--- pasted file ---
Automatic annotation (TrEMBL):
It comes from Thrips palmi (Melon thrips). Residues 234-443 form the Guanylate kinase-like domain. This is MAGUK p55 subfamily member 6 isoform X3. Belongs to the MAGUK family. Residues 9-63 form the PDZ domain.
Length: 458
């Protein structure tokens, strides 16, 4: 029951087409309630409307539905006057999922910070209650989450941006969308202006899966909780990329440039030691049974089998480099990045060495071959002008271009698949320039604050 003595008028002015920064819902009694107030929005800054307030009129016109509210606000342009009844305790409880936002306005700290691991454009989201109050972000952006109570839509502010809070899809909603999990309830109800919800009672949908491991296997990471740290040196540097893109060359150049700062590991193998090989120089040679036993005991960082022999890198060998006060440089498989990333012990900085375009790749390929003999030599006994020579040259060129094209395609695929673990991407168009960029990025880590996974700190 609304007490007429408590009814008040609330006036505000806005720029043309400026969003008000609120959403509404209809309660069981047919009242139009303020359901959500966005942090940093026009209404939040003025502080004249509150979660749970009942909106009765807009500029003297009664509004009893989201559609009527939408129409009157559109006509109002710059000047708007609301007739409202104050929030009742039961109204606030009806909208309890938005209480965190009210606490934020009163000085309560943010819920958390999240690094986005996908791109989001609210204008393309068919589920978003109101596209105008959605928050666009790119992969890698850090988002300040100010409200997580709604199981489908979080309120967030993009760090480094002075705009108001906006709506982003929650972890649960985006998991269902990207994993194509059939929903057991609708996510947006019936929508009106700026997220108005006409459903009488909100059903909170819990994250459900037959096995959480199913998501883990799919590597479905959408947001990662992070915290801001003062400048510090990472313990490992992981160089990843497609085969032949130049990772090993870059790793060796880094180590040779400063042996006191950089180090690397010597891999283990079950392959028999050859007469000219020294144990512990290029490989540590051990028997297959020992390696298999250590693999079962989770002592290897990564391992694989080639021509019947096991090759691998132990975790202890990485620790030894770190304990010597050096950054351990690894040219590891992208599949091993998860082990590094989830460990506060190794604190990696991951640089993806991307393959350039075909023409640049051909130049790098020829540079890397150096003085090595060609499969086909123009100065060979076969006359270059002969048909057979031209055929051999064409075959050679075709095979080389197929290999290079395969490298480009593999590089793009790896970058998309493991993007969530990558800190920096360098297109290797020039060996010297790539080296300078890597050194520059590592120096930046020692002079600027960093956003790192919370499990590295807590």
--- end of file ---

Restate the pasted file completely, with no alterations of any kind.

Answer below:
Automatic annotation (TrEMBL):
It comes from Thrips palmi (Melon thrips). Residues 234-443 form the Guanylate kinase-like domain. This is MAGUK p55 subfamily member 6 isoform X3. Belongs to the MAGUK family. Residues 9-63 form the PDZ domain.
Length: 458
């Protein structure tokens, strides 16, 4: 029951087409309630409307539905006057999922910070209650989450941006969308202006899966909780990329440039030691049974089998480099990045060495071959002008271009698949320039604050 003595008028002015920064819902009694107030929005800054307030009129016109509210606000342009009844305790409880936002306005700290691991454009989201109050972000952006109570839509502010809070899809909603999990309830109800919800009672949908491991296997990471740290040196540097893109060359150049700062590991193998090989120089040679036993005991960082022999890198060998006060440089498989990333012990900085375009790749390929003999030599006994020579040259060129094209395609695929673990991407168009960029990025880590996974700190 609304007490007429408590009814008040609330006036505000806005720029043309400026969003008000609120959403509404209809309660069981047919009242139009303020359901959500966005942090940093026009209404939040003025502080004249509150979660749970009942909106009765807009500029003297009664509004009893989201559609009527939408129409009157559109006509109002710059000047708007609301007739409202104050929030009742039961109204606030009806909208309890938005209480965190009210606490934020009163000085309560943010819920958390999240690094986005996908791109989001609210204008393309068919589920978003109101596209105008959605928050666009790119992969890698850090988002300040100010409200997580709604199981489908979080309120967030993009760090480094002075705009108001906006709506982003929650972890649960985006998991269902990207994993194509059939929903057991609708996510947006019936929508009106700026997220108005006409459903009488909100059903909170819990994250459900037959096995959480199913998501883990799919590597479905959408947001990662992070915290801001003062400048510090990472313990490992992981160089990843497609085969032949130049990772090993870059790793060796880094180590040779400063042996006191950089180090690397010597891999283990079950392959028999050859007469000219020294144990512990290029490989540590051990028997297959020992390696298999250590693999079962989770002592290897990564391992694989080639021509019947096991090759691998132990975790202890990485620790030894770190304990010597050096950054351990690894040219590891992208599949091993998860082990590094989830460990506060190794604190990696991951640089993806991307393959350039075909023409640049051909130049790098020829540079890397150096003085090595060609499969086909123009100065060979076969006359270059002969048909057979031209055929051999064409075959050679075709095979080389197929290999290079395969490298480009593999590089793009790896970058998309493991993007969530990558800190920096360098297109290797020039060996010297790539080296300078890597050194520059590592120096930046020692002079600027960093956003790192919370499990590295807590």